A 45-year landmark will soon disappear from the city's landscape.
C.J. Segerstrom & Sons, which owns Kona Lanes, plans to demolish
the bowling alley within the next two weeks, company spokesman Paul
Freeman said Friday.
The alley, which closed May 18, reflects Tiki googie architecture,
the quintessential "look-at-me" style that began in Southern
California in response to the car culture and explodes with
Support for the aging alley swelled in April when the City Council
considered a Kohl's department store for the area of the Mesa Verde
Shopping Center where the alley and the now-defunct Edwards movie
theater and Ice Capades Chalet are.
But that did not translate into economic support for the alley,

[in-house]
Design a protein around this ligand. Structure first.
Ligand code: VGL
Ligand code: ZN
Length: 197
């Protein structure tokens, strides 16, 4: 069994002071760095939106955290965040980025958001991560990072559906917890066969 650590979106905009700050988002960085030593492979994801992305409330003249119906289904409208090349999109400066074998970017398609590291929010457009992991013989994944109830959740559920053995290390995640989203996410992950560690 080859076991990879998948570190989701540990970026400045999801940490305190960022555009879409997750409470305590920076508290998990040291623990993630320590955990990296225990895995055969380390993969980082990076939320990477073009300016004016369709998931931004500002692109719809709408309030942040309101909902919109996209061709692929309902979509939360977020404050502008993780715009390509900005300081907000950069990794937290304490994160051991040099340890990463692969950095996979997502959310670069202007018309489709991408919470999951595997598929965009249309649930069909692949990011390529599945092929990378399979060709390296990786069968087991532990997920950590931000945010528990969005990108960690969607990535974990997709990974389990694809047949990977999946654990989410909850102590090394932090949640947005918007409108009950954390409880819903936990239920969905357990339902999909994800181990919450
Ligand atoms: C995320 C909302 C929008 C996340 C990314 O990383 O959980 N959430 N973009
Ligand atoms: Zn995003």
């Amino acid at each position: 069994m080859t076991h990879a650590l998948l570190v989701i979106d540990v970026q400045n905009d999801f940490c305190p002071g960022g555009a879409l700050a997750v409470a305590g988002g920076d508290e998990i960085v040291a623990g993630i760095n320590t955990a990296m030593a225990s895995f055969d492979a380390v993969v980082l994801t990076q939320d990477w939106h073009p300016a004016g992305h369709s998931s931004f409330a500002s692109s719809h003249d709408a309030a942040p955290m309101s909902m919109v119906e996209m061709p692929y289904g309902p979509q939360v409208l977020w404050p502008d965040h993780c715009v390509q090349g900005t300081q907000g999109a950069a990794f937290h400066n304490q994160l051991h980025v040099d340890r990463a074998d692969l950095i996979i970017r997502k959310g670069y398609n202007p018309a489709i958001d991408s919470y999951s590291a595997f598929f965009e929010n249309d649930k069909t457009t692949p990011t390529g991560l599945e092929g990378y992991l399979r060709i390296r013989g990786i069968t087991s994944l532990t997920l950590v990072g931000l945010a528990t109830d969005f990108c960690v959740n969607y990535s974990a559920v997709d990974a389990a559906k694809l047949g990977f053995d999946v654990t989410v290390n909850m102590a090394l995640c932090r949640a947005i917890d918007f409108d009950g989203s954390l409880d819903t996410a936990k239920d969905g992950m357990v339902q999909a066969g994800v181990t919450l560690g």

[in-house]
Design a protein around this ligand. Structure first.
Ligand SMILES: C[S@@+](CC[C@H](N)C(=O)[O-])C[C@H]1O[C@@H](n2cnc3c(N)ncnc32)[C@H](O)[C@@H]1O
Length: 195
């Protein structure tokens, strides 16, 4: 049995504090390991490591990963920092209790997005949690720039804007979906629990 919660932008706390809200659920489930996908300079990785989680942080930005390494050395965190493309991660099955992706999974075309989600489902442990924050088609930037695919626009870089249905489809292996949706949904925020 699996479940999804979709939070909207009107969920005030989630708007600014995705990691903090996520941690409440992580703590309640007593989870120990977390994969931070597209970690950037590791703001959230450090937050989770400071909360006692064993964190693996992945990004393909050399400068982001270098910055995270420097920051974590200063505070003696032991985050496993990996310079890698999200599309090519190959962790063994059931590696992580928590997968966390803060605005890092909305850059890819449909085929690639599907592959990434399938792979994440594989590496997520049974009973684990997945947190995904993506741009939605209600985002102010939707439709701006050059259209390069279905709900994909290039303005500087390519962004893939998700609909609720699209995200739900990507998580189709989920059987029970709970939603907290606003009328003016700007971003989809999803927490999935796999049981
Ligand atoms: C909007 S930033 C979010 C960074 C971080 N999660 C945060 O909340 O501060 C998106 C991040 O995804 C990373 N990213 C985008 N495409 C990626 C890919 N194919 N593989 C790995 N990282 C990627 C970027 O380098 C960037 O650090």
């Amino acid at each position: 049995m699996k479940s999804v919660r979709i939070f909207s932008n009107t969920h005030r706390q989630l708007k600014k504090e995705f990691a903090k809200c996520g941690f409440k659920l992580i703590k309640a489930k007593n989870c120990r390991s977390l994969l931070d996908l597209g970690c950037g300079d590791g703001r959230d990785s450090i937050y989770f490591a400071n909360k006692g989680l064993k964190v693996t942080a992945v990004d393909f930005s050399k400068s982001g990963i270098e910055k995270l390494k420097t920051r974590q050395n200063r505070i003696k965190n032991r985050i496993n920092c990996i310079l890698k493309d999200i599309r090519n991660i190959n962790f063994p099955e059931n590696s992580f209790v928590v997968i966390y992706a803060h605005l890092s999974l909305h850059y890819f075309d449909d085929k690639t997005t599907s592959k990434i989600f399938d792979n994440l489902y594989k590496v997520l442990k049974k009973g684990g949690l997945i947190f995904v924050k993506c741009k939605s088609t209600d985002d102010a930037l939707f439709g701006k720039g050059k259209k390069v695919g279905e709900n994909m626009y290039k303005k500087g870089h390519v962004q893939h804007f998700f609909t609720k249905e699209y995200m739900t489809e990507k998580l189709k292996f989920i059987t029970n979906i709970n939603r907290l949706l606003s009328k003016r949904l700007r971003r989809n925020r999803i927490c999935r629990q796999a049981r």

which survived the last few years only because of rent concessions
from the Segerstroms, owner Jack Mann has said.
For the past two weeks, Mann has sold off items such as bowling
pins, shoes and larger pieces of equipment. On Monday, Mann will
vacate the property and a fence will be installed around it, Freeman
At the request of Planning Commissioner Katrina Foley, the
Segerstroms will save and restore the popular Kona Lanes sign,
"A lot of people wanted to see the sign saved," Freeman said.
The Segerstroms aren't sure what the future holds for the
"We don't have any specific plans right now," Freeman said. "We're
looking at a number of options."
During the discussions on Kohl's, many residents bemoaned the loss
of a place that provided family fun.
"I'm really concerned with the social impact of losing another
recreational area," Cheryl Kerr said. "A bowling alley offers a
socializing opportunity. Psychologically, it's very important in
developing children into safe adults."
* Editor Tony Dodero contributed to this report.